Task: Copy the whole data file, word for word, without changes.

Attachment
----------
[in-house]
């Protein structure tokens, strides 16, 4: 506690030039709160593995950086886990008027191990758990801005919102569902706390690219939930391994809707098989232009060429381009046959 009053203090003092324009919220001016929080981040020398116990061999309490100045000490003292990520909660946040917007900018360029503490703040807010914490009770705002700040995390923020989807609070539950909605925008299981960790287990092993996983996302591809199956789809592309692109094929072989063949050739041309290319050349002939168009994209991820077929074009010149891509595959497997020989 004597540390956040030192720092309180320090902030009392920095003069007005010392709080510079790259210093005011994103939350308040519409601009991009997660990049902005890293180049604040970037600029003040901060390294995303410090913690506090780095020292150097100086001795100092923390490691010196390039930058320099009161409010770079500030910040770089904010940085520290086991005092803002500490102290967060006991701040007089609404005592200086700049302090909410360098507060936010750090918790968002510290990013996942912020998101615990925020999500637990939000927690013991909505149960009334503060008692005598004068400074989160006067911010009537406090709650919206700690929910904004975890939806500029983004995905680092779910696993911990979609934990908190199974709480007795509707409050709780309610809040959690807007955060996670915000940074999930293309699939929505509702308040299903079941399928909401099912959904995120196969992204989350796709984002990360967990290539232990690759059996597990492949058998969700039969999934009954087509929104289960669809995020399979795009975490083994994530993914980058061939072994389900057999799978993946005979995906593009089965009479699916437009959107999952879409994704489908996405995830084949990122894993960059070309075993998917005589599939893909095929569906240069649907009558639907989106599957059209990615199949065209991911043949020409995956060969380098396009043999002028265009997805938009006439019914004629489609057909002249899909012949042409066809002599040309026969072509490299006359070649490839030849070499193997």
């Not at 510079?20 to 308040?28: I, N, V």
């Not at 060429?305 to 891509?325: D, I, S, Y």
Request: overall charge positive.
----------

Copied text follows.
[in-house]
């Protein structure tokens, strides 16, 4: 506690030039709160593995950086886990008027191990758990801005919102569902706390690219939930391994809707098989232009060429381009046959 009053203090003092324009919220001016929080981040020398116990061999309490100045000490003292990520909660946040917007900018360029503490703040807010914490009770705002700040995390923020989807609070539950909605925008299981960790287990092993996983996302591809199956789809592309692109094929072989063949050739041309290319050349002939168009994209991820077929074009010149891509595959497997020989 004597540390956040030192720092309180320090902030009392920095003069007005010392709080510079790259210093005011994103939350308040519409601009991009997660990049902005890293180049604040970037600029003040901060390294995303410090913690506090780095020292150097100086001795100092923390490691010196390039930058320099009161409010770079500030910040770089904010940085520290086991005092803002500490102290967060006991701040007089609404005592200086700049302090909410360098507060936010750090918790968002510290990013996942912020998101615990925020999500637990939000927690013991909505149960009334503060008692005598004068400074989160006067911010009537406090709650919206700690929910904004975890939806500029983004995905680092779910696993911990979609934990908190199974709480007795509707409050709780309610809040959690807007955060996670915000940074999930293309699939929505509702308040299903079941399928909401099912959904995120196969992204989350796709984002990360967990290539232990690759059996597990492949058998969700039969999934009954087509929104289960669809995020399979795009975490083994994530993914980058061939072994389900057999799978993946005979995906593009089965009479699916437009959107999952879409994704489908996405995830084949990122894993960059070309075993998917005589599939893909095929569906240069649907009558639907989106599957059209990615199949065209991911043949020409995956060969380098396009043999002028265009997805938009006439019914004629489609057909002249899909012949042409066809002599040309026969072509490299006359070649490839030849070499193997």
């Not at 510079?20 to 308040?28: I, N, V």
């Not at 060429?305 to 891509?325: D, I, S, Y």
Request: overall charge positive.